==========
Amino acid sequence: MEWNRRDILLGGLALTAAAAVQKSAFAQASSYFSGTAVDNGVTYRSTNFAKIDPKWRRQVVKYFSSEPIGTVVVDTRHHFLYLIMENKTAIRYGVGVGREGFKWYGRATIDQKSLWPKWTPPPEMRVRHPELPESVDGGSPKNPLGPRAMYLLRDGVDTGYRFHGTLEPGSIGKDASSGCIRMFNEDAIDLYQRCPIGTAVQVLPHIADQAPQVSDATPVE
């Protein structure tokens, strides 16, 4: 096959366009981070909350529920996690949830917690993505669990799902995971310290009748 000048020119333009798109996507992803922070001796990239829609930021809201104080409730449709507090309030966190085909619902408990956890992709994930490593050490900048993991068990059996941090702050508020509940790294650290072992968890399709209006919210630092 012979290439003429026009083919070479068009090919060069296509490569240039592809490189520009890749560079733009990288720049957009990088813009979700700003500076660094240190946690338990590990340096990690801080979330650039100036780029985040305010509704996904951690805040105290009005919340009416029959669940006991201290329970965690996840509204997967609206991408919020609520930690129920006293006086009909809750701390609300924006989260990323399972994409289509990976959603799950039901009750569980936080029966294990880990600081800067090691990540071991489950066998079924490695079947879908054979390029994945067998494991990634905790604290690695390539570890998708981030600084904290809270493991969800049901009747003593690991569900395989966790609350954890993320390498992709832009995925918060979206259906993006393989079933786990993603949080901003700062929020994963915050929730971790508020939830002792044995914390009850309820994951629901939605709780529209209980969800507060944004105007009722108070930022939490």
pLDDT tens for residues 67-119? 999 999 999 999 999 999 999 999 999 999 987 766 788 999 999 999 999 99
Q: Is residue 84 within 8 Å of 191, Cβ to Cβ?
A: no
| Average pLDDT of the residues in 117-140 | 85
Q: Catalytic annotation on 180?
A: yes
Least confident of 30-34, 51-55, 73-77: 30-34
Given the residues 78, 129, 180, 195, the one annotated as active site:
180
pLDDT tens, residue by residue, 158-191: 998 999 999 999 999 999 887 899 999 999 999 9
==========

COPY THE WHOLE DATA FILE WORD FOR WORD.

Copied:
Amino acid sequence: MEWNRRDILLGGLALTAAAAVQKSAFAQASSYFSGTAVDNGVTYRSTNFAKIDPKWRRQVVKYFSSEPIGTVVVDTRHHFLYLIMENKTAIRYGVGVGREGFKWYGRATIDQKSLWPKWTPPPEMRVRHPELPESVDGGSPKNPLGPRAMYLLRDGVDTGYRFHGTLEPGSIGKDASSGCIRMFNEDAIDLYQRCPIGTAVQVLPHIADQAPQVSDATPVE
């Protein structure tokens, strides 16, 4: 096959366009981070909350529920996690949830917690993505669990799902995971310290009748 000048020119333009798109996507992803922070001796990239829609930021809201104080409730449709507090309030966190085909619902408990956890992709994930490593050490900048993991068990059996941090702050508020509940790294650290072992968890399709209006919210630092 012979290439003429026009083919070479068009090919060069296509490569240039592809490189520009890749560079733009990288720049957009990088813009979700700003500076660094240190946690338990590990340096990690801080979330650039100036780029985040305010509704996904951690805040105290009005919340009416029959669940006991201290329970965690996840509204997967609206991408919020609520930690129920006293006086009909809750701390609300924006989260990323399972994409289509990976959603799950039901009750569980936080029966294990880990600081800067090691990540071991489950066998079924490695079947879908054979390029994945067998494991990634905790604290690695390539570890998708981030600084904290809270493991969800049901009747003593690991569900395989966790609350954890993320390498992709832009995925918060979206259906993006393989079933786990993603949080901003700062929020994963915050929730971790508020939830002792044995914390009850309820994951629901939605709780529209209980969800507060944004105007009722108070930022939490």
pLDDT tens for residues 67-119? 999 999 999 999 999 999 999 999 999 999 987 766 788 999 999 999 999 99
Q: Is residue 84 within 8 Å of 191, Cβ to Cβ?
A: no
| Average pLDDT of the residues in 117-140 | 85
Q: Catalytic annotation on 180?
A: yes
Least confident of 30-34, 51-55, 73-77: 30-34
Given the residues 78, 129, 180, 195, the one annotated as active site:
180
pLDDT tens, residue by residue, 158-191: 998 999 999 999 999 999 887 899 999 999 999 9